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‘I watched tears stream down the faces of local families as we finished building the houses’

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This summer changed how I view my life in Bermuda.

I had the amazing opportunity to spend almost three weeks in Africa building houses with Habitat for Humanity. On July 15 I, along with 43 other people from Bermuda whose ages ranged from 14 to 87, travelled to a small town in Zambia, Africa called Ndola. Our group, Bermuda Overseas Missions, is affiliated with Habitat for Humanity, and our trip was led by Mr David Thompson and Mr Owen Martin.

The mission was to build eight houses for eight families in just two weeks. I have never encountered such severe poverty, and upon my arrival in the small village of Chipulukusu, where we were to build homes, I was left totally speechless. I realised immediately that my life in Bermuda was so luxurious compared to that of the people of Chipulukusu. The majority of children had no shoes, and their clothes were very old and worn. The village was very dusty, and as it had not rained since April, everything was very dry.

We rose at 6.00am each day and we worked all day until late in the afternoon. Everyone on the trip worked very hard to complete our goal of building eight houses in two weeks.

We worked with only basic tools, and the water we needed for mixing cement had to be pulled from a well and carried to the worksite in buckets. I soon learned how to mix cement by hand, and then how to use that cement to lay block. Although the work was strenuous, I was so happy to be helping and thrilled to see how quickly we were able to build up the walls of the house.

I think the most rewarding experience was meeting and working alongside the families that would live in these new houses. Watching the tears stream down the faces of both the local families and my teammates as we finished the houses, left me feeling that this was truly a lifelong memory. I have never experienced such a sense of achievement before.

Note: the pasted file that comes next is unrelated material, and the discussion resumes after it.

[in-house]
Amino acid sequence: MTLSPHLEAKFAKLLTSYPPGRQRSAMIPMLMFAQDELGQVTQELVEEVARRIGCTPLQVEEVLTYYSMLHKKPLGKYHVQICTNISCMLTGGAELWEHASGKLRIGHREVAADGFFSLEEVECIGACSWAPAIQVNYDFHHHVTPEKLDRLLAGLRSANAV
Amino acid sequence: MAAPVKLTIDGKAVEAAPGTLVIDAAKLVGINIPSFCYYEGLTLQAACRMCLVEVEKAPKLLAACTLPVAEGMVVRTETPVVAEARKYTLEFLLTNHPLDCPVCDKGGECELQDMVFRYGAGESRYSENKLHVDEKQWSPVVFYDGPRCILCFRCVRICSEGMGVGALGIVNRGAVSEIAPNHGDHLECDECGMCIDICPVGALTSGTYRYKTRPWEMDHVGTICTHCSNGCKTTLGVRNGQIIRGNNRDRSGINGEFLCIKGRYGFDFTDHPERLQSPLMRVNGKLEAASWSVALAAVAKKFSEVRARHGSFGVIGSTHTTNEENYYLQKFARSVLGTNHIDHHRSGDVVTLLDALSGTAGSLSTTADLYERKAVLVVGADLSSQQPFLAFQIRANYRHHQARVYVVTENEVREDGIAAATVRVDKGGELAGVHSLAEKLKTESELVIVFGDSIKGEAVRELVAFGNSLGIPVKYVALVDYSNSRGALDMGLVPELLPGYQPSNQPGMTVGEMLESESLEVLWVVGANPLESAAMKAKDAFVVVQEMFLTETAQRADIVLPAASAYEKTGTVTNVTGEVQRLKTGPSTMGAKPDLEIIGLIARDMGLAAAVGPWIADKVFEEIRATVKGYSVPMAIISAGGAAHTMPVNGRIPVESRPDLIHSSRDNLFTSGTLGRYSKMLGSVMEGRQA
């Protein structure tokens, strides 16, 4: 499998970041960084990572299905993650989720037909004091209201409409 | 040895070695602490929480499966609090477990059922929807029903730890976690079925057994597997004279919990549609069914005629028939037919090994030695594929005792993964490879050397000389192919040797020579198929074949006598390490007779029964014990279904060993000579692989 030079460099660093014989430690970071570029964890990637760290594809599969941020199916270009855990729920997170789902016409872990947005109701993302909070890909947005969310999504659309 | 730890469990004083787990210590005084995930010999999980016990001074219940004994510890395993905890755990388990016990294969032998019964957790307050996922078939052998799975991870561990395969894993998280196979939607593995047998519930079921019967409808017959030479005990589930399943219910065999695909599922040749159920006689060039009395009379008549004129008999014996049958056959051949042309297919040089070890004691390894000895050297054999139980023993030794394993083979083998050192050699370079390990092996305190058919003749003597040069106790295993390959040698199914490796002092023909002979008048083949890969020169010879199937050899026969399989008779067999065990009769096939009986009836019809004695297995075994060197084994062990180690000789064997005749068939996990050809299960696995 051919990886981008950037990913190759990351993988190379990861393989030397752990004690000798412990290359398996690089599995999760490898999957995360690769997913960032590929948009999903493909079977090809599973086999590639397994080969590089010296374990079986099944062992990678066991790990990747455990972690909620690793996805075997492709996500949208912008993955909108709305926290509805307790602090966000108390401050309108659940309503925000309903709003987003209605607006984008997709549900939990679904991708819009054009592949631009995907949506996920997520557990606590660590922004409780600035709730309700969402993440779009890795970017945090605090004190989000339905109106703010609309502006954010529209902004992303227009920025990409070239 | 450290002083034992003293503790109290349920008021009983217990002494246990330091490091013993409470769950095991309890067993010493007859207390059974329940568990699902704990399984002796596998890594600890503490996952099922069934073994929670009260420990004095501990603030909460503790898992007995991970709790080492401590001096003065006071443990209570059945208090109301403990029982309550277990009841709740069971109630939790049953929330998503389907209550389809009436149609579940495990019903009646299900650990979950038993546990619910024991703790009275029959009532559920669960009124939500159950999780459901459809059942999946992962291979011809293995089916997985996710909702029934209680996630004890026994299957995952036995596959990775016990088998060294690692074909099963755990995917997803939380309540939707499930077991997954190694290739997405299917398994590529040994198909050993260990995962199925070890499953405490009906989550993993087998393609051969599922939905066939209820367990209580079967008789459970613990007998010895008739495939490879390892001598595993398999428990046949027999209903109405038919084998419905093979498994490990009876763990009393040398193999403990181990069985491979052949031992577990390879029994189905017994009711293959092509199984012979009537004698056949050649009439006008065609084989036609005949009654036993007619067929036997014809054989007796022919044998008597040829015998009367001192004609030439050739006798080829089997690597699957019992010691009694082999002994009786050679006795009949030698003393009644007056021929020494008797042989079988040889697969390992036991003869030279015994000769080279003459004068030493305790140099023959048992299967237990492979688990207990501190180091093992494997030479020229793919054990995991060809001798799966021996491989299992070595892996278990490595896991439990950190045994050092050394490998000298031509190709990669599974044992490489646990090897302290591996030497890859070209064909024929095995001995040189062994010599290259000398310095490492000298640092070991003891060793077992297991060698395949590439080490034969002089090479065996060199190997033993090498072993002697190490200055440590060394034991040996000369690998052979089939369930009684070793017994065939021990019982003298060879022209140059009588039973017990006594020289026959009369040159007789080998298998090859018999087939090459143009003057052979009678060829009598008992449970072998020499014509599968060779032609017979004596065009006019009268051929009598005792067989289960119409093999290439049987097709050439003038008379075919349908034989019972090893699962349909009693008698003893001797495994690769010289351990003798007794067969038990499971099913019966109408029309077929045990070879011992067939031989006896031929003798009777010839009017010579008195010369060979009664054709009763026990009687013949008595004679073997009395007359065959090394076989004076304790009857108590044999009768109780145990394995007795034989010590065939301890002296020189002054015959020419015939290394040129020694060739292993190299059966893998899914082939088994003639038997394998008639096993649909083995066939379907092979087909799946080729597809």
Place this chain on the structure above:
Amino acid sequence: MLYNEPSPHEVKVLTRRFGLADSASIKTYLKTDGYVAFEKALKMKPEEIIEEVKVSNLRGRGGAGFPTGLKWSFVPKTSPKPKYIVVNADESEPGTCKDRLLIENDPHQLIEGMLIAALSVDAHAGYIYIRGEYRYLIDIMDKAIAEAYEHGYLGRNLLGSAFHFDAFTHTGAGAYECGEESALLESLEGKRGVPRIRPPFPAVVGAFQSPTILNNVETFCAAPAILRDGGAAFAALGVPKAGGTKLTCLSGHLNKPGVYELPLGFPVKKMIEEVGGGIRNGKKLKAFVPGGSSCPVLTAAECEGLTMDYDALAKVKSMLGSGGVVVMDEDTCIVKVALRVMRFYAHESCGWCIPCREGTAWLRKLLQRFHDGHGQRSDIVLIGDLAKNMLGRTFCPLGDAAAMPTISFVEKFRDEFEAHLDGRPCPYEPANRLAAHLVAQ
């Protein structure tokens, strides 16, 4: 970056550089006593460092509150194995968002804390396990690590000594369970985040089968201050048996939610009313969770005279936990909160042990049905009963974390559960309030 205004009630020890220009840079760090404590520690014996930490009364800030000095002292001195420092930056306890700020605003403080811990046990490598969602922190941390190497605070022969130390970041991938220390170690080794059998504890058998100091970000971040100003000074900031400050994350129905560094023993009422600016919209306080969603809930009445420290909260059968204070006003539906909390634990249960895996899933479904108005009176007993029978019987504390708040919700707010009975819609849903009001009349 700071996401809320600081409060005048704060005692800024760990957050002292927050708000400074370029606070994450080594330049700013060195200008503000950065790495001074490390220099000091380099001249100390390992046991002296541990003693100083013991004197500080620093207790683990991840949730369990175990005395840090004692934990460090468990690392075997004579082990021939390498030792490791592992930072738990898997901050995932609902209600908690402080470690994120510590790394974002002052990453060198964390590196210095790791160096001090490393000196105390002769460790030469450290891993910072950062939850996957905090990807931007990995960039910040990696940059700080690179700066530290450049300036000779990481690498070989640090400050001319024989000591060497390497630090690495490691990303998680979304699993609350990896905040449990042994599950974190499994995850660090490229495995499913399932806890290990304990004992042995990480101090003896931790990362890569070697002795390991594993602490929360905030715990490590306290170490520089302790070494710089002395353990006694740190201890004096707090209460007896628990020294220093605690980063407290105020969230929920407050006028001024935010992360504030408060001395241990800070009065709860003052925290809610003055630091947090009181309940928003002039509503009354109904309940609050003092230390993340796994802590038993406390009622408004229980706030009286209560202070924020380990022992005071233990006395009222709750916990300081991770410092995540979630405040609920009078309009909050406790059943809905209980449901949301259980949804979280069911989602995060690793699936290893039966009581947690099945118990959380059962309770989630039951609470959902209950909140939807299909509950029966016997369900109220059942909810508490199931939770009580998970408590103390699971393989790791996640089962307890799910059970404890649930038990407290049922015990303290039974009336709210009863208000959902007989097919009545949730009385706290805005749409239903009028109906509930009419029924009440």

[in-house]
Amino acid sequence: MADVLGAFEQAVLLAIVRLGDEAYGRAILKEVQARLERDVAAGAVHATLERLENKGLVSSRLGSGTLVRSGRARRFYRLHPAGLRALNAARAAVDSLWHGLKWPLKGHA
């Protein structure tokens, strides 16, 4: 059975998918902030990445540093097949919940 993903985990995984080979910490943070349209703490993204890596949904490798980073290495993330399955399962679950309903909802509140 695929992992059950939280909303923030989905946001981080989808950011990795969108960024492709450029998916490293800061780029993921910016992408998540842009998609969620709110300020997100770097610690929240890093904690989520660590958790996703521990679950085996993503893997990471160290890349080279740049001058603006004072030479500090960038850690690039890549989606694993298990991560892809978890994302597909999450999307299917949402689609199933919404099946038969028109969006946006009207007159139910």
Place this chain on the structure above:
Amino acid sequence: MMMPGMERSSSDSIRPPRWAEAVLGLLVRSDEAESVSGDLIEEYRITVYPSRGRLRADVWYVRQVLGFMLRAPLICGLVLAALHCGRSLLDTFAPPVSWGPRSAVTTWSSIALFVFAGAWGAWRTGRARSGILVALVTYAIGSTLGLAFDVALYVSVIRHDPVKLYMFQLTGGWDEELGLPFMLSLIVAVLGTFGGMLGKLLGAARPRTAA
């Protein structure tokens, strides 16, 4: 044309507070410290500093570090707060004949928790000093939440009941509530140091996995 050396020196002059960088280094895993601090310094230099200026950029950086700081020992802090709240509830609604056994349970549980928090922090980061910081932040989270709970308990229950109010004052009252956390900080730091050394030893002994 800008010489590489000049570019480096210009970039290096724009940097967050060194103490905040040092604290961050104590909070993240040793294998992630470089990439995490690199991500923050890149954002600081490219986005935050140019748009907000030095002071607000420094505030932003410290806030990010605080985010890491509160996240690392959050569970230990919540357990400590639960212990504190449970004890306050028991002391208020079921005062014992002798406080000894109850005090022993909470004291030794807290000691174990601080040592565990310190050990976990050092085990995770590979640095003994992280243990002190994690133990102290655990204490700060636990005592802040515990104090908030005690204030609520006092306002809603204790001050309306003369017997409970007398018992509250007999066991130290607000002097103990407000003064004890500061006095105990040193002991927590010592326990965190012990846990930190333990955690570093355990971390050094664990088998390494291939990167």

We met many local children on the work site, and it was so heartbreaking to see that so many of the children could not even attend school as their families couldn’t afford to buy the required uniform. These children had nothing to do all day and no toys or games to play with.

I am now much more appreciative of my life in Bermuda and I really wish that I could do more to help the people of Zambia. We visited a school in Chipulukusu, and it was really disheartening to see all the students squashed into tiny, bare desks. I quickly realised they had no books and none of the usual school supplies which we take for granted here in Bermuda. Yet the students were so happy to have us visit them, and even happier when we provided them with colouring books, pencils, pens etc. Perhaps the most difficult time of the trip was when we visited an orphanage. This was truly an emotional day, as it was heartbreaking to see the terrible conditions that these poor children lived in. In one crib, I even saw cockroaches crawling about.

At the end of our build we were fortunate enough to have a few days to see more of Zambia. Our group travelled to Livingston and experienced an amazing overnight safari in the Chobe National Park, where we saw so many of the wild animals indigenous to that area. We also visited one of the Seven Wonders of the World, Victoria Falls. It was breathtaking and I will never forget it. Another first for me was the opportunity to ride an elephant, which was truly amazing.

I had the most wonderful experiences in Africa and really hope that I can travel with Habitat for Humanity again next year to help make a change to the world, one house at a time.

On firm foundations: Lindsay Fisher worked with Bermuda Overseas Mission to build a house for a Zambian family this summer.
Mission accomplished: the team of overseas volunteers and the local family were very pleased with the results of their combined efforts on a Habitat for Humanity project in Zambia this summer.
At day's end: Lindsay Fisher had a chance to play with local children once the day's work was done.

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Published September 01, 2011 at 10:00 am (Updated August 31, 2011 at 7:03 pm)

‘I watched tears stream down the faces of local families as we finished building the houses’

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